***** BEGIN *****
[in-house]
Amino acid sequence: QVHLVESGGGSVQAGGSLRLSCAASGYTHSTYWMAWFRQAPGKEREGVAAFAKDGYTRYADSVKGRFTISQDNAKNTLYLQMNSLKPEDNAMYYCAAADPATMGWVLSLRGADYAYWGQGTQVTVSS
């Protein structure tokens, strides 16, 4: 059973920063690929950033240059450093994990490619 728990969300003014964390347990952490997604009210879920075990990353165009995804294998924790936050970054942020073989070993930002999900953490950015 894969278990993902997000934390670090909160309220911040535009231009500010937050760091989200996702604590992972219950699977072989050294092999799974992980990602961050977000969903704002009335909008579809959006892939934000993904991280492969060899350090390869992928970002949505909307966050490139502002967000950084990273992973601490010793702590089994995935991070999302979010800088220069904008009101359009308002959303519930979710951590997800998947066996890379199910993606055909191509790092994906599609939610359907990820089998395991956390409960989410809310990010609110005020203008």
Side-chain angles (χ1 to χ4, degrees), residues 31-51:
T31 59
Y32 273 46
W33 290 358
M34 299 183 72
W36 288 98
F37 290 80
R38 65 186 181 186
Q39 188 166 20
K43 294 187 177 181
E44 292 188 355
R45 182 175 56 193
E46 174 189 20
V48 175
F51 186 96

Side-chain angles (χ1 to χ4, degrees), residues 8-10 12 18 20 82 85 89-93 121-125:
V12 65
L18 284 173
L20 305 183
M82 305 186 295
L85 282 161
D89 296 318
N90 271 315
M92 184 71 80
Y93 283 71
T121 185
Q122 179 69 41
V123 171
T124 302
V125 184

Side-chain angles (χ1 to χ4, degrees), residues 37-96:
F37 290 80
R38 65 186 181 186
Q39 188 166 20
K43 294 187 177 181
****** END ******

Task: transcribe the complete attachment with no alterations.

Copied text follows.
[in-house]
Amino acid sequence: QVHLVESGGGSVQAGGSLRLSCAASGYTHSTYWMAWFRQAPGKEREGVAAFAKDGYTRYADSVKGRFTISQDNAKNTLYLQMNSLKPEDNAMYYCAAADPATMGWVLSLRGADYAYWGQGTQVTVSS
């Protein structure tokens, strides 16, 4: 059973920063690929950033240059450093994990490619 728990969300003014964390347990952490997604009210879920075990990353165009995804294998924790936050970054942020073989070993930002999900953490950015 894969278990993902997000934390670090909160309220911040535009231009500010937050760091989200996702604590992972219950699977072989050294092999799974992980990602961050977000969903704002009335909008579809959006892939934000993904991280492969060899350090390869992928970002949505909307966050490139502002967000950084990273992973601490010793702590089994995935991070999302979010800088220069904008009101359009308002959303519930979710951590997800998947066996890379199910993606055909191509790092994906599609939610359907990820089998395991956390409960989410809310990010609110005020203008």
Side-chain angles (χ1 to χ4, degrees), residues 31-51:
T31 59
Y32 273 46
W33 290 358
M34 299 183 72
W36 288 98
F37 290 80
R38 65 186 181 186
Q39 188 166 20
K43 294 187 177 181
E44 292 188 355
R45 182 175 56 193
E46 174 189 20
V48 175
F51 186 96

Side-chain angles (χ1 to χ4, degrees), residues 8-10 12 18 20 82 85 89-93 121-125:
V12 65
L18 284 173
L20 305 183
M82 305 186 295
L85 282 161
D89 296 318
N90 271 315
M92 184 71 80
Y93 283 71
T121 185
Q122 179 69 41
V123 171
T124 302
V125 184

Side-chain angles (χ1 to χ4, degrees), residues 37-96:
F37 290 80
R38 65 186 181 186
Q39 188 166 20
K43 294 187 177 181